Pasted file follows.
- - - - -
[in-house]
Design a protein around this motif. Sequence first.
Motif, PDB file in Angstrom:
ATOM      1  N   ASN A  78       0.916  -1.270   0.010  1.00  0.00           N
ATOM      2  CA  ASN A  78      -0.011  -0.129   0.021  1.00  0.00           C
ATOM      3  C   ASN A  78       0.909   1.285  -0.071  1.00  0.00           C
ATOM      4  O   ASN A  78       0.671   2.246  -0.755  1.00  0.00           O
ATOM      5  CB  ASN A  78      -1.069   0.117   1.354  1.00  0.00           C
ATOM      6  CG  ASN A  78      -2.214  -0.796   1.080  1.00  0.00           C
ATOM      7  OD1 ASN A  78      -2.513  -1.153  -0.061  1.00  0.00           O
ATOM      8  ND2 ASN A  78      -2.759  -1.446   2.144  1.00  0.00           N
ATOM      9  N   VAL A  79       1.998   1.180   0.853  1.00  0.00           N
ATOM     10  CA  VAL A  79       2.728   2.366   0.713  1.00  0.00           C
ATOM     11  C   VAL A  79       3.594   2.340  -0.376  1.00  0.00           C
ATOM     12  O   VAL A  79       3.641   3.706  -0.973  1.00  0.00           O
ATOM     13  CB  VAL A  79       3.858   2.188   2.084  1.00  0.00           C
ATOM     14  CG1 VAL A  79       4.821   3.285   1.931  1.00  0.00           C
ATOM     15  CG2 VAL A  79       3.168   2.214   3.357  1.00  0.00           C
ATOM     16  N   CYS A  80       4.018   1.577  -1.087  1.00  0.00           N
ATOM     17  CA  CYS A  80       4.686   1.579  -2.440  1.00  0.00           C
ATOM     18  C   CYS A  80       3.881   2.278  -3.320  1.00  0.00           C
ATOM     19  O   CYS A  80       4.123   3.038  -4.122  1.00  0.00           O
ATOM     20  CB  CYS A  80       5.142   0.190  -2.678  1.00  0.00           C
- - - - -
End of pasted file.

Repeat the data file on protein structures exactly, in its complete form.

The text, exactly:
[in-house]
Design a protein around this motif. Sequence first.
Motif, PDB file in Angstrom:
ATOM      1  N   ASN A  78       0.916  -1.270   0.010  1.00  0.00           N
ATOM      2  CA  ASN A  78      -0.011  -0.129   0.021  1.00  0.00           C
ATOM      3  C   ASN A  78       0.909   1.285  -0.071  1.00  0.00           C
ATOM      4  O   ASN A  78       0.671   2.246  -0.755  1.00  0.00           O
ATOM      5  CB  ASN A  78      -1.069   0.117   1.354  1.00  0.00           C
ATOM      6  CG  ASN A  78      -2.214  -0.796   1.080  1.00  0.00           C
ATOM      7  OD1 ASN A  78      -2.513  -1.153  -0.061  1.00  0.00           O
ATOM      8  ND2 ASN A  78      -2.759  -1.446   2.144  1.00  0.00           N
ATOM      9  N   VAL A  79       1.998   1.180   0.853  1.00  0.00           N
ATOM     10  CA  VAL A  79       2.728   2.366   0.713  1.00  0.00           C
ATOM     11  C   VAL A  79       3.594   2.340  -0.376  1.00  0.00           C
ATOM     12  O   VAL A  79       3.641   3.706  -0.973  1.00  0.00           O
ATOM     13  CB  VAL A  79       3.858   2.188   2.084  1.00  0.00           C
ATOM     14  CG1 VAL A  79       4.821   3.285   1.931  1.00  0.00           C
ATOM     15  CG2 VAL A  79       3.168   2.214   3.357  1.00  0.00           C
ATOM     16  N   CYS A  80       4.018   1.577  -1.087  1.00  0.00           N
ATOM     17  CA  CYS A  80       4.686   1.579  -2.440  1.00  0.00           C
ATOM     18  C   CYS A  80       3.881   2.278  -3.320  1.00  0.00           C
ATOM     19  O   CYS A  80       4.123   3.038  -4.122  1.00  0.00           O
ATOM     20  CB  CYS A  80       5.142   0.190  -2.678  1.00  0.00           C